On February 7th, 2024, Toronto Blue Jays all-star First baseman Vladimir Guerrero Jr. won the largest arbitration case in MLB history. The former MVP candidate won a record salary of $19.9 million, beating out the Blue Jays offer of $18.05 million. This has beaten out Teoscar Hernandez’s $14 million contract he signed with the Mariners after being traded in 2023. Guerrero Jr.’s contract is coming out to mixed emotions. With a lot of people pointing at his down year as a reason Toronto should not pay him. However, there are a number of positives to Vladdy’s game that show all he needs is a few adjustments to get back into form.

Main Criticisms of the Contract

To begin to understand why this contract is worth the record breaking price tag, we must understand the reasons people have to criticize the deal. Let’s begin with the most valued stat in baseball, Wins Above Replacement (WAR) which Vladdy unfortunately struggled with. WAR calculates the amount of wins you bring your team compared to the replacement-level players at that position. Vlad has a WAR of 2.0 which is pretty average around the league. This amount of WAR is low for a $20 million player. Many have pointed to that fact and that he has had the lowest batting average since the shortened season in 2020 at .264.

These are not the only dips in Guerrero’s stats. He has also seen his lowest On Base Plus Slugging (OPS) (.788) and Slugging (.444) since his rookie year in 2019 along with a career low 117 OPS+. An OPS+ of 117 means that Vladdy’s OPS is 17 percent higher than league average. That’s not bad but it does mark the worst in his 5 year MLB career. From the outside looking in, Vlad seems like he was not entirely deserving of the highest arbitration case of all time. With the help of advanced analytics I can prove that Vladdy’s swing is still there. It is simply a matter of picking and choosing when to unleash that swing that will bring Vlad back into his 2021 form.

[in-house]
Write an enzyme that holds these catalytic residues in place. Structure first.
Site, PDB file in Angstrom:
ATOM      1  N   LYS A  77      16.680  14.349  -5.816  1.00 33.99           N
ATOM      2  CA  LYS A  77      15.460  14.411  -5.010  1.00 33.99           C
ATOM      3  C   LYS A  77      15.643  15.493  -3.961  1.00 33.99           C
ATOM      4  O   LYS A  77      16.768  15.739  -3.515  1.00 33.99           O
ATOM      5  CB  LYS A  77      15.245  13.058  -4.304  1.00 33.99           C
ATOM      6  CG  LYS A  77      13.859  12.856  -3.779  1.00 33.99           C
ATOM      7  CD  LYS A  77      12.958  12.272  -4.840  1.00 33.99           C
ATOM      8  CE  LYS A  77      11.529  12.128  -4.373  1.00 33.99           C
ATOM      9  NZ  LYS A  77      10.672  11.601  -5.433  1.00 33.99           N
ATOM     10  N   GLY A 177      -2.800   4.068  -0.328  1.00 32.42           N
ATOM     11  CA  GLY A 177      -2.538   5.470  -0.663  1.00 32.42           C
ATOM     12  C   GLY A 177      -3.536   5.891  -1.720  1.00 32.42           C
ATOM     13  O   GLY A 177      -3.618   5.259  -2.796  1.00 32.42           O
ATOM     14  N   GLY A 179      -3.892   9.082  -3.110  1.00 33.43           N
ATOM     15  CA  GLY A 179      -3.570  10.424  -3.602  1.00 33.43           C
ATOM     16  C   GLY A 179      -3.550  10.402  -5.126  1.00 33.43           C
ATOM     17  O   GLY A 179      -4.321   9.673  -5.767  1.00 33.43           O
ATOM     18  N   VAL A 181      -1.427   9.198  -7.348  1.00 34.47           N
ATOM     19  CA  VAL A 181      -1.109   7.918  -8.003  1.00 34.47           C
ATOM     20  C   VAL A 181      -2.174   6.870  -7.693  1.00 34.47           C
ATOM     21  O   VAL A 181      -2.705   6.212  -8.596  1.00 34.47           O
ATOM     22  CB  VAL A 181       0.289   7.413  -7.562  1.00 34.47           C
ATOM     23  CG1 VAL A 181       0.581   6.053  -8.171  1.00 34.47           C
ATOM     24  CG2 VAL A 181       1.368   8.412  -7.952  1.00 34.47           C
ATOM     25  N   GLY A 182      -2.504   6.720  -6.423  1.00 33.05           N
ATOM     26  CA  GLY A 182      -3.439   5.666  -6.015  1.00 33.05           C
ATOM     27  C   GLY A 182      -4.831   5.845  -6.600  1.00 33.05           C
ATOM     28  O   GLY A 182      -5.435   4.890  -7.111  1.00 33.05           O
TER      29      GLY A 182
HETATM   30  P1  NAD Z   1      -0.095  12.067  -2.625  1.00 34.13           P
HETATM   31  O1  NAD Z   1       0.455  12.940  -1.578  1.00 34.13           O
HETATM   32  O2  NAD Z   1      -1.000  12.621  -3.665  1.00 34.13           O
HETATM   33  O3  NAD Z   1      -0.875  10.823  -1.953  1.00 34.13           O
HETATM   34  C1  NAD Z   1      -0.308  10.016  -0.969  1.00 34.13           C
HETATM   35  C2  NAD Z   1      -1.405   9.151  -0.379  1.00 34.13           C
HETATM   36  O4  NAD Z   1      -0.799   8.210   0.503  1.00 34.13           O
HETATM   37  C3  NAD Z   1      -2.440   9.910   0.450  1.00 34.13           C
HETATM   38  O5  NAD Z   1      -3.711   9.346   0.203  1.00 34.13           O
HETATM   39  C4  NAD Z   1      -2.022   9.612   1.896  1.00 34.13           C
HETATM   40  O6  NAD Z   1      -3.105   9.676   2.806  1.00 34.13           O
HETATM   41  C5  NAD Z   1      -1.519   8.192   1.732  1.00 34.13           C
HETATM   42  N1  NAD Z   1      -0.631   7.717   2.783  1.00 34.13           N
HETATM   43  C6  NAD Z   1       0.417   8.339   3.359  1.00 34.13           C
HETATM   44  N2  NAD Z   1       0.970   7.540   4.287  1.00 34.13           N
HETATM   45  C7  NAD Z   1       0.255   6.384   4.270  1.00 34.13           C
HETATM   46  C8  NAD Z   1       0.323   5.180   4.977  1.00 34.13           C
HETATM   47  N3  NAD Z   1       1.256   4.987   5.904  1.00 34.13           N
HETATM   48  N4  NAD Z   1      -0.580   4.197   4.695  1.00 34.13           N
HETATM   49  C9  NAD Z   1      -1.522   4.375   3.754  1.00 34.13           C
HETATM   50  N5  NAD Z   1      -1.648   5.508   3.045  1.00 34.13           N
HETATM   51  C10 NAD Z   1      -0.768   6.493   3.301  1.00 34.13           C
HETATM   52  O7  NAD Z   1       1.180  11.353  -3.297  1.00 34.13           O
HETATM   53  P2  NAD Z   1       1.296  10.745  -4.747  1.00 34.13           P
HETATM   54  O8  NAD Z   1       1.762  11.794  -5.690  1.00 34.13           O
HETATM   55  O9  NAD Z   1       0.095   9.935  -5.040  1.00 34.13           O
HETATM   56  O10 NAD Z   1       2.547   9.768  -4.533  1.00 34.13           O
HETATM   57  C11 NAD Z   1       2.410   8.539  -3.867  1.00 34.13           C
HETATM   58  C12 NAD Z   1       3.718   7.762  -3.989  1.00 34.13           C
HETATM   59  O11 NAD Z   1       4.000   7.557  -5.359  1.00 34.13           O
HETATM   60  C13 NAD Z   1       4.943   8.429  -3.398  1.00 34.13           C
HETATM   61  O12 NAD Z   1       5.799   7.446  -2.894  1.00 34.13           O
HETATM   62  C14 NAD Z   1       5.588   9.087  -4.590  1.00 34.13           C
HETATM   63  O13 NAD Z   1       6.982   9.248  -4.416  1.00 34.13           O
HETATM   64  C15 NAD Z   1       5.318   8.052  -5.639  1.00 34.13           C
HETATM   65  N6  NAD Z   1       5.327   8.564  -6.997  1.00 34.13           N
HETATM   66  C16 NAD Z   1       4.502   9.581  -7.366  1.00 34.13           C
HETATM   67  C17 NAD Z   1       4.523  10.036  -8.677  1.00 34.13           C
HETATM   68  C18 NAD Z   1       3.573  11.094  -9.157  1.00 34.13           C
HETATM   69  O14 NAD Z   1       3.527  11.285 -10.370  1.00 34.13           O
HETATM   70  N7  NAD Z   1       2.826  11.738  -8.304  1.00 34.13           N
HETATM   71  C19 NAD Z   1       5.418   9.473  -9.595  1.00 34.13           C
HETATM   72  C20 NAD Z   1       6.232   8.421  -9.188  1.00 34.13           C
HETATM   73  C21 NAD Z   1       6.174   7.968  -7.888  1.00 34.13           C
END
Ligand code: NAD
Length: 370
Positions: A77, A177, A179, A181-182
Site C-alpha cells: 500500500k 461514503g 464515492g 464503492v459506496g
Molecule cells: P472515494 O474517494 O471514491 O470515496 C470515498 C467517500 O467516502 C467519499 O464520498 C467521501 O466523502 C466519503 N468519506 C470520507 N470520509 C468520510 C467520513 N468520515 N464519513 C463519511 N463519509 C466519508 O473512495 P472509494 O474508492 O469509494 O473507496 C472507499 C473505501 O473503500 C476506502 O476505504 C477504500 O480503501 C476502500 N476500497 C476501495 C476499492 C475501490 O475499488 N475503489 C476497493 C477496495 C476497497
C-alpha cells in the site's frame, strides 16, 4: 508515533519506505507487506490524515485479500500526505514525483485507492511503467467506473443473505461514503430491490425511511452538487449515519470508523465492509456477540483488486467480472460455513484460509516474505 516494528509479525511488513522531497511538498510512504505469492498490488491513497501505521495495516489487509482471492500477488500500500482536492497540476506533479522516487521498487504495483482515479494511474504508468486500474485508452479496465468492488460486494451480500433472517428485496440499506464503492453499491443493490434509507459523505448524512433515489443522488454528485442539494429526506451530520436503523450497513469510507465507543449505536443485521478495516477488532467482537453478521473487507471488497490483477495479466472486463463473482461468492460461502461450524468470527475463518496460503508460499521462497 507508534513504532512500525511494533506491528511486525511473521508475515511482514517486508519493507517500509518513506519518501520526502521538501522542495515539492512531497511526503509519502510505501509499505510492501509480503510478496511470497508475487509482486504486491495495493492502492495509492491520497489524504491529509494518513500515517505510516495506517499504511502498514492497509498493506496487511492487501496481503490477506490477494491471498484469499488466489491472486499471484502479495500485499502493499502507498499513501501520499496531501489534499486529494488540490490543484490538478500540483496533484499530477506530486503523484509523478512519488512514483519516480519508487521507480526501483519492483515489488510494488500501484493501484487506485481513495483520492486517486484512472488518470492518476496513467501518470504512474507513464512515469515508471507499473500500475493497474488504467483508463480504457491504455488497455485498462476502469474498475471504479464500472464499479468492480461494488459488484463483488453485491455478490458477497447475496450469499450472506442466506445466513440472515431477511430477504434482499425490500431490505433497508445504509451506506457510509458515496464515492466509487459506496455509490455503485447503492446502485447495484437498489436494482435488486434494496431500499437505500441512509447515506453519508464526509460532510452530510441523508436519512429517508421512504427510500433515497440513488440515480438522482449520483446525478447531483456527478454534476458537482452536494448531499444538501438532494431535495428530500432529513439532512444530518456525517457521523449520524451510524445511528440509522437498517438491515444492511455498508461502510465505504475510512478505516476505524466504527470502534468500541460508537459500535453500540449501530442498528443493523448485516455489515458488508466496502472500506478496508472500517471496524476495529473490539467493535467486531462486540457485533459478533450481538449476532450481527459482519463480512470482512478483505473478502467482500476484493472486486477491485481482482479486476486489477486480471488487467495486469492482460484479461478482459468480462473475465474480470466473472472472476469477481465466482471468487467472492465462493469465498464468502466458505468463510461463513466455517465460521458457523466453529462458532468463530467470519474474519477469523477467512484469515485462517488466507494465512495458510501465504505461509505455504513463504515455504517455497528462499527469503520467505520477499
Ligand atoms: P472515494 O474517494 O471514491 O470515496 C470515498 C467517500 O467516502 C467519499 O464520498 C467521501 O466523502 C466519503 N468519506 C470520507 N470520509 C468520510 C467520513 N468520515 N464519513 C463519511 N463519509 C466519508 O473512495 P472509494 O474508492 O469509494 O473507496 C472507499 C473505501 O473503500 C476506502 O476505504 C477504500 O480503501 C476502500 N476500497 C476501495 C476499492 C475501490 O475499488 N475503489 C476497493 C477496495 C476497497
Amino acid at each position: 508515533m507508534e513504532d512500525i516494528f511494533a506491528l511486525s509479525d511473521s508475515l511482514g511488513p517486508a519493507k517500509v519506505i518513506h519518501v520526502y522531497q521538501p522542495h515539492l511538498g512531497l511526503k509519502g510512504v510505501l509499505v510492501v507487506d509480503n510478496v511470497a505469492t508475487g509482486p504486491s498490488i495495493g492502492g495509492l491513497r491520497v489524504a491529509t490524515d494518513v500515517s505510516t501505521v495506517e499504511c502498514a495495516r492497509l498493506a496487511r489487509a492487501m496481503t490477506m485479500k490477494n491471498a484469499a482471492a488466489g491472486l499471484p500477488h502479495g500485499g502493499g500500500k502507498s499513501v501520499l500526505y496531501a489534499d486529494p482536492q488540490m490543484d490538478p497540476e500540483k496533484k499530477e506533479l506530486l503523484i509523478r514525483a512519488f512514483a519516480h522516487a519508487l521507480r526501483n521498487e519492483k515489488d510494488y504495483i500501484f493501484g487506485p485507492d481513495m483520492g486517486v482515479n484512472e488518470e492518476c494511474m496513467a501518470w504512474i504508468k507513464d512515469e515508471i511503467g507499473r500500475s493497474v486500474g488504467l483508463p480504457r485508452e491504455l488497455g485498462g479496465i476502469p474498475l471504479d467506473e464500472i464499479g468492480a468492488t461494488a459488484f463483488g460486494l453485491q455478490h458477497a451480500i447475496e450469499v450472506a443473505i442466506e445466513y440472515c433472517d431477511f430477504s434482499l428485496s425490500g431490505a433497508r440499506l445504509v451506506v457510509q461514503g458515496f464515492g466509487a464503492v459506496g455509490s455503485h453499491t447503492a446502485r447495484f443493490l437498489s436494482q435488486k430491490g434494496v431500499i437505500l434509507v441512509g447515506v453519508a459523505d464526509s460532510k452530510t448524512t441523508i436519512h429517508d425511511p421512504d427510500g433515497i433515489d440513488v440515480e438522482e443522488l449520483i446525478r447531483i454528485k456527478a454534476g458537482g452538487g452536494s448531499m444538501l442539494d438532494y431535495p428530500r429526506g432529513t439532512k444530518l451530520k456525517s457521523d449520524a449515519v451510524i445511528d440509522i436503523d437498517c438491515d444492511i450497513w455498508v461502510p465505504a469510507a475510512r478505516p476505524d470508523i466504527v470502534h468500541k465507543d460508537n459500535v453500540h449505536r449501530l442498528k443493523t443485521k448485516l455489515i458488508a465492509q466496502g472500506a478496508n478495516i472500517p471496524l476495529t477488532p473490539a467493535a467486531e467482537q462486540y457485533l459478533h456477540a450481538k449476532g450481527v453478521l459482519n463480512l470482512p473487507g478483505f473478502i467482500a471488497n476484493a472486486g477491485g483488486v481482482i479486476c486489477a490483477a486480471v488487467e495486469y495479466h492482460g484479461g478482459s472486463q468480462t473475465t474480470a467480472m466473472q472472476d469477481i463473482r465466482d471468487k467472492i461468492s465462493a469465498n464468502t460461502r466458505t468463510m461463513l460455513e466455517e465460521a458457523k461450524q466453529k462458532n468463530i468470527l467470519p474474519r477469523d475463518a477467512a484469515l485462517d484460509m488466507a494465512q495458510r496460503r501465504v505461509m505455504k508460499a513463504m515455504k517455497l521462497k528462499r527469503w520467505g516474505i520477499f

Why is the Contract Worth It?

The 2023 season was not very friendly to Vladimir Guerrero Jr.. The advanced stats might indicate there’s more at play than just Vlad’s swinging mechanics. To begin, the contract he has received has determined the value of Vladdy compared to the rest of the MLB. The price of $19.9 million per year is $5 million less than Fernando Tatis Jr.’s yearly price tag ($24.8 million). Two million less than Austin Rielly ($21.2 million), two million less than Matt Olson ($21 million). Also it is pretty much equal to Jose Ramirez and Yordan Alvarez. This is a list of some of the best players in the MLB. What has Vlad done to put his name beside these caliber of players?

If we take a peek at Vlad’s swing, he has a strikeout percentage (k%) similar to the likes of Mookie Betts, Marcus Semien, Cody Bellinger and Yandy Diaz. He is sitting at 14.7% ranking him 15th in the MLB in that category. So he is striking out less than most of the power hitters we see at his position. He is striking out closer to an all-around hitters amount. Which at his size and with his power is a great skill to have. This fact, while having nearly a 50% swing rate, meaning he is not always being conservative, is a great boost to his skill set as a power hitter.